While the Nationals reveled in the fact that Baseball America ranked their farm system as No. 1 in Major League Baseball prior to the Gio Gonzalez trade, ESPN's prospect wiz Keith Law has ranked their system as the 21st best in baseball in its current form. Here is what Law had to say:
"This was potentially a top-10 system before the Gio Gonzalez trade, no worse than top 15. But after dealing A.J. Cole, Brad Peacock and Derek Norris -- probably three of the Nats' top 10 guys before the Gio swap -- this system lacks depth."
That's a little simplistic if you ask me. Yes the Nationals traded four prospects in order to acquire an ace level pitcher in Gio Gonzalez. However, it was a trade that I think few people in our Nations capital regret. Gonzalez is 26, and he has an established MLB track record, something that no one they gave up could claim. I think as spectators, we tend to put a ton of value in the supposed potential of players, instead of placing importance in their actual on the field results at the highest level.
Brad Peacock, for instance, seemed to be a really exciting young starting pitcher. He had dominated the minor leagues in 2011 after what was generally a mediocre career previously. He's in a perfect position to have a strong rookie season in 2012, but in reality there's just no way of knowing if and how well he can make that transition. Even the best prospects who have dominated Triple-A just cant seem to get over the hump to be the same producers they were once making it to the show. This is one of the hardest things to project in baseball, and nobody has perfected it. Gonzalez on the other hand has already proved that he has the ability to get it done among the best pitchers in baseball.
A.J. Cole probably has the mot upside of any player in this deal but at 19 and never having pitched at any level above A ball, he is still very raw and very far away. There's just no guarantee that he will ever even get to the majors and if he will still be effective by the time that opportunity arises.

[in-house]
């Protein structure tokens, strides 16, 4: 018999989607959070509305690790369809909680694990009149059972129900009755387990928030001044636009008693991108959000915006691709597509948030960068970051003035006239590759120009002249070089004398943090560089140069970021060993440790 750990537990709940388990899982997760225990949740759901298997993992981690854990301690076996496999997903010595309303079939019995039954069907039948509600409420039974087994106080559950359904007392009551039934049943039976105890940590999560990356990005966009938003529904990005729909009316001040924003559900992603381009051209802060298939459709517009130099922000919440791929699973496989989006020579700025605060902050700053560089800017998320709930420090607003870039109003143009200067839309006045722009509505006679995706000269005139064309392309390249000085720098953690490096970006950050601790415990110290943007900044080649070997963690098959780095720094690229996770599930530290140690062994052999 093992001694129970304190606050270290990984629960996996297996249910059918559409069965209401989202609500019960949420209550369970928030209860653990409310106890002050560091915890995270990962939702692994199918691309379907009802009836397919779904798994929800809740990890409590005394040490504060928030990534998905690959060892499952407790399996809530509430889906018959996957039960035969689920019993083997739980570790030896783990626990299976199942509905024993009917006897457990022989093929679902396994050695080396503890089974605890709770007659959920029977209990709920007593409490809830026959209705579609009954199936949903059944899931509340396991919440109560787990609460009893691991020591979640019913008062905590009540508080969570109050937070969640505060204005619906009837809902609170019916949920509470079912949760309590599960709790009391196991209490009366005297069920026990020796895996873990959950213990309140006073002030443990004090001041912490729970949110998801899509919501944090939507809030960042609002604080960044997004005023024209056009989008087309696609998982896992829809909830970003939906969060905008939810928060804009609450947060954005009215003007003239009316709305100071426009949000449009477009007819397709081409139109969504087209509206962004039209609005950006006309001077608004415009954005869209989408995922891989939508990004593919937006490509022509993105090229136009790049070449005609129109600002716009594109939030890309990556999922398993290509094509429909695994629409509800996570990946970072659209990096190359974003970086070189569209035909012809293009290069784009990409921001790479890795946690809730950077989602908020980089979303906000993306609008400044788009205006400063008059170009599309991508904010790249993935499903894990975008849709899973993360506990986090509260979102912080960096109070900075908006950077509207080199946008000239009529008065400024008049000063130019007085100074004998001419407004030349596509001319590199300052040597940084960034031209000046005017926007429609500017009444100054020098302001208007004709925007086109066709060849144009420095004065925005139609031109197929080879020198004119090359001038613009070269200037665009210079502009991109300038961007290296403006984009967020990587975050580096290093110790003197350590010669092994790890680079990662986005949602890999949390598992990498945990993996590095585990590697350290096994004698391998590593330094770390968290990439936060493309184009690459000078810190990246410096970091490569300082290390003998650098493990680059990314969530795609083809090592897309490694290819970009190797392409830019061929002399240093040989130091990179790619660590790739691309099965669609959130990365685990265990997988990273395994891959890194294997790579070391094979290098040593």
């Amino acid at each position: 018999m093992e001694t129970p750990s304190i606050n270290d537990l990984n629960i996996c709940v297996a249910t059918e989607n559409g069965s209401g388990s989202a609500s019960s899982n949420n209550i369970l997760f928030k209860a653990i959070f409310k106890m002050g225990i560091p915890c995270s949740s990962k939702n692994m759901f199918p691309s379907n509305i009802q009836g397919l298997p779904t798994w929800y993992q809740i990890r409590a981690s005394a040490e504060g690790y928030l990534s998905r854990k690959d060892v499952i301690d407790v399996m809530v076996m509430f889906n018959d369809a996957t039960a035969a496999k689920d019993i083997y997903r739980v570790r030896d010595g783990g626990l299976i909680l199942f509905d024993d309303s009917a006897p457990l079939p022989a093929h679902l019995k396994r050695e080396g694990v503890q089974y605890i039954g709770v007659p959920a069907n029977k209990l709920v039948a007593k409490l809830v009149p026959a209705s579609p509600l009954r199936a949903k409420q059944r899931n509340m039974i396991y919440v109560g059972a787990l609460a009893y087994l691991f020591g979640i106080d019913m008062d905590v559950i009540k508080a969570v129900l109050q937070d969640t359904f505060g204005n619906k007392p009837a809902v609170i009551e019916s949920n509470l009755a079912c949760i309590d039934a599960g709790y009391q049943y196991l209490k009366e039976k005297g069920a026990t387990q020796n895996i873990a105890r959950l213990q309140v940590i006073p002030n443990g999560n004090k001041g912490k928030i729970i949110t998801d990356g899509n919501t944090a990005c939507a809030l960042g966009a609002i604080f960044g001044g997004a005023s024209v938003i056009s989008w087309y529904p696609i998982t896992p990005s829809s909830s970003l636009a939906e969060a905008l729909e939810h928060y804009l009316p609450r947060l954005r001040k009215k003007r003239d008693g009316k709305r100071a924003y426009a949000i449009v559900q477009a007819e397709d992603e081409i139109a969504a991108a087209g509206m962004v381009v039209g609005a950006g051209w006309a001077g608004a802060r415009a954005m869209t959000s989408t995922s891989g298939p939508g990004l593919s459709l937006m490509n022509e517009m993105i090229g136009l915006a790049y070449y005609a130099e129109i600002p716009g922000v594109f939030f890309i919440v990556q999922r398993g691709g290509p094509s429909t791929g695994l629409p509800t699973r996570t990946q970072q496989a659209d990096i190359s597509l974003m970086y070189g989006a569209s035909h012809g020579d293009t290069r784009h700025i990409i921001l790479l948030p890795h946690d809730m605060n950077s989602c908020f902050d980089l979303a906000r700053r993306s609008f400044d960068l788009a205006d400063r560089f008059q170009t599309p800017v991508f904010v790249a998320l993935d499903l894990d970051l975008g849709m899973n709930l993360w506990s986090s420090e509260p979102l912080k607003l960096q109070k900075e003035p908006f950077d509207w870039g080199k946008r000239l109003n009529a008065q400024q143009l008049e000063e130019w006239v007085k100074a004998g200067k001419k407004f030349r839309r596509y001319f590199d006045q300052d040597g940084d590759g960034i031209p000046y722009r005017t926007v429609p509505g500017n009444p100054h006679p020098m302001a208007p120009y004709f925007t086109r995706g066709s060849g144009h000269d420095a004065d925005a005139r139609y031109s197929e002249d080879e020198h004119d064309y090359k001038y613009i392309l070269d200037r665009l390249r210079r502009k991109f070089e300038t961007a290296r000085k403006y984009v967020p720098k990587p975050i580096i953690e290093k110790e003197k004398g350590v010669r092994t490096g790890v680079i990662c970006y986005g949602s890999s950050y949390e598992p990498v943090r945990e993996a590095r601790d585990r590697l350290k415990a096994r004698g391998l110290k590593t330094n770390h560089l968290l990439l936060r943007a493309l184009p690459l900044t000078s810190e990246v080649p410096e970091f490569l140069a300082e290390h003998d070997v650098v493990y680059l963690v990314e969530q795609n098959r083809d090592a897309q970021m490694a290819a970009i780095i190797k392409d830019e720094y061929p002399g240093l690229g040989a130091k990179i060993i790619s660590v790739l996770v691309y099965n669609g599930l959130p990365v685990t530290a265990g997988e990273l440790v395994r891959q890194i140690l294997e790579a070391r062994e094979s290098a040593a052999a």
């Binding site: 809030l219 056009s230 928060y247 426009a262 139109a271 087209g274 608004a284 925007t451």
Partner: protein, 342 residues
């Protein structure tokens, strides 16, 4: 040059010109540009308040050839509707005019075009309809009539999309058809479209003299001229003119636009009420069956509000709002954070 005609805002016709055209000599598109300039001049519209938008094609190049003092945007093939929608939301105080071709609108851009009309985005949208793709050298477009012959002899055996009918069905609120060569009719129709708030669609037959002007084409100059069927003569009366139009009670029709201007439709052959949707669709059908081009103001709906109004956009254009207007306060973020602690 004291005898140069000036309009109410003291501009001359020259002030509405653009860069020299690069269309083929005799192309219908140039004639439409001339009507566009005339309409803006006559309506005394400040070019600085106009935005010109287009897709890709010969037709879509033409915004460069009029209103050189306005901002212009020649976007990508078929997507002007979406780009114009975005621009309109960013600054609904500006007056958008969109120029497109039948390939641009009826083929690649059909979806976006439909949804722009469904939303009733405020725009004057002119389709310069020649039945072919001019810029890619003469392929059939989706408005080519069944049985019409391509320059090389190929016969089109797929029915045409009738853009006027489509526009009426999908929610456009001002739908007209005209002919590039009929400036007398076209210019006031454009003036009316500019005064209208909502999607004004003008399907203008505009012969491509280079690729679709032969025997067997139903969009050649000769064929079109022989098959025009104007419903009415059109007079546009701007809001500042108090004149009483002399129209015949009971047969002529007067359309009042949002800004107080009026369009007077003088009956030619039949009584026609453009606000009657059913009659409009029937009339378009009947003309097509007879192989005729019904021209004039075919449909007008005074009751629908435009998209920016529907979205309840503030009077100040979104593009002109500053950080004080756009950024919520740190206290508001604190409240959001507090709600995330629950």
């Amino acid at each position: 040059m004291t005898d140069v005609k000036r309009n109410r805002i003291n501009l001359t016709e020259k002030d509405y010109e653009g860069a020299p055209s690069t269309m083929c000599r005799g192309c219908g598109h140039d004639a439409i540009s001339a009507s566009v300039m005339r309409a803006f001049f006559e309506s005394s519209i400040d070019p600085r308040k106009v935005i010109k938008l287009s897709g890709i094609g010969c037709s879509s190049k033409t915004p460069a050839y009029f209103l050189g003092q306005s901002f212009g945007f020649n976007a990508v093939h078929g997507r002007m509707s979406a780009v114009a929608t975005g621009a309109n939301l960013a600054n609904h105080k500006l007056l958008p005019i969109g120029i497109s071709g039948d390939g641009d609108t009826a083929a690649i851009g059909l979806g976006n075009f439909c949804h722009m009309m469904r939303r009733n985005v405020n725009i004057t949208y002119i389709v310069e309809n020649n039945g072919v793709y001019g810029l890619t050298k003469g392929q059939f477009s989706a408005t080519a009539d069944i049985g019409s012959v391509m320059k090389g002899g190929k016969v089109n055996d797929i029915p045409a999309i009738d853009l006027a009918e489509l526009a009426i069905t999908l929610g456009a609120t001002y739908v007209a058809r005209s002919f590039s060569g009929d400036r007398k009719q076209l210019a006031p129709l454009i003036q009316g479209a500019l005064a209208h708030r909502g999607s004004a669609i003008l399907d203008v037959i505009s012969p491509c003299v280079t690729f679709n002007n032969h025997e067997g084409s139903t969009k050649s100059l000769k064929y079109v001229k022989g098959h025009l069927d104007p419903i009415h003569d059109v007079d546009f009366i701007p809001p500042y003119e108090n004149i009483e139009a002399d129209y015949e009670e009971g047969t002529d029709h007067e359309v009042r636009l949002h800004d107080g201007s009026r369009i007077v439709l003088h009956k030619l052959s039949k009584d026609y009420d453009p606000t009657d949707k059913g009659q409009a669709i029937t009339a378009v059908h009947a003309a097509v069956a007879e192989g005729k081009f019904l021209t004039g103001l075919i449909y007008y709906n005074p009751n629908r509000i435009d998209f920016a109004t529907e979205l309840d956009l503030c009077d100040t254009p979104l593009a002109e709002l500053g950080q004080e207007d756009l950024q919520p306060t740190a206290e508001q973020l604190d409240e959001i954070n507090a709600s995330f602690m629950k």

The same goes for Derek Norris. The slugging catcher has long been considered the club's top hitting prospect, but despite his great performance in low A-ball at the age of 20 he has progressed slowly and has seen his prospect status dinked as a result of injuries. He could still end up being a major slugger for the Athletics, but he's probably three or four years away, especially if he stays a catcher.
Tom Milone was an enigma, for his entire career, and the odds of him maintaining that status consistently at the MLB level were low. As much as we all wanted to root for the 25-year-old, the bottom line is that there are only so many pitchers who can make it work with the type of stuff he has. While he became a masterful pitcher during his time in the minor league's with Washington, the odds of him being able to turn himself into a Greg Maddux or a Zach Greinke are relatively low. He was able to fool single, double, and triple-a players over the past several years...but MLB hitters are a different breed.
I really think Law may have overreached by placing them as low as 21, even after losing those four solid players. You have to remember that while they lost them, they did add Anthony Rendon (arguably the best hitter out of the draft last year), Brian Goodwin, Alex Meyer, and Matt Purke. It was an incredibly draft class that probably has the best upside of any draft haul the Nats have ever had. Meyer and Purke both have question marks above their head, but they also legitimately have ace level talent. Goodwin has top level athleticism and could be a starter some day.
On top of their new acquisitions, Sammy Solis, Destin Hood, and Steve Lombardozzi all raised their prospect status after great performances in the minor leagues last year. So yes, on the surface that Nats traded away a lot in the minor leagues this offseason, but they also gained so so so much.
I feel that a lot of people see Bryce Harper at the top of our system and just tend to gloss over the rest and say something a long the lines of, "well it's strong at the top but there's no depth." While that may be easy to say, and may have been true when Strasburg was the top prospect on the team, I think there is still tons of depth in this system. To be fair, a good portion of that depth is still at least another year away from contributing in Washington. But I think that this time next year our farm system will look way stronger than it did before the Gio trade.
What makes this especially puzzling is that Law as never all that high on either Peacock or Milone. He though that Peacock was more likely to wind up as a reliever and saw little, if any, long-term MLB role for Milone. Now, their "loss" has somehow damaged the farm system?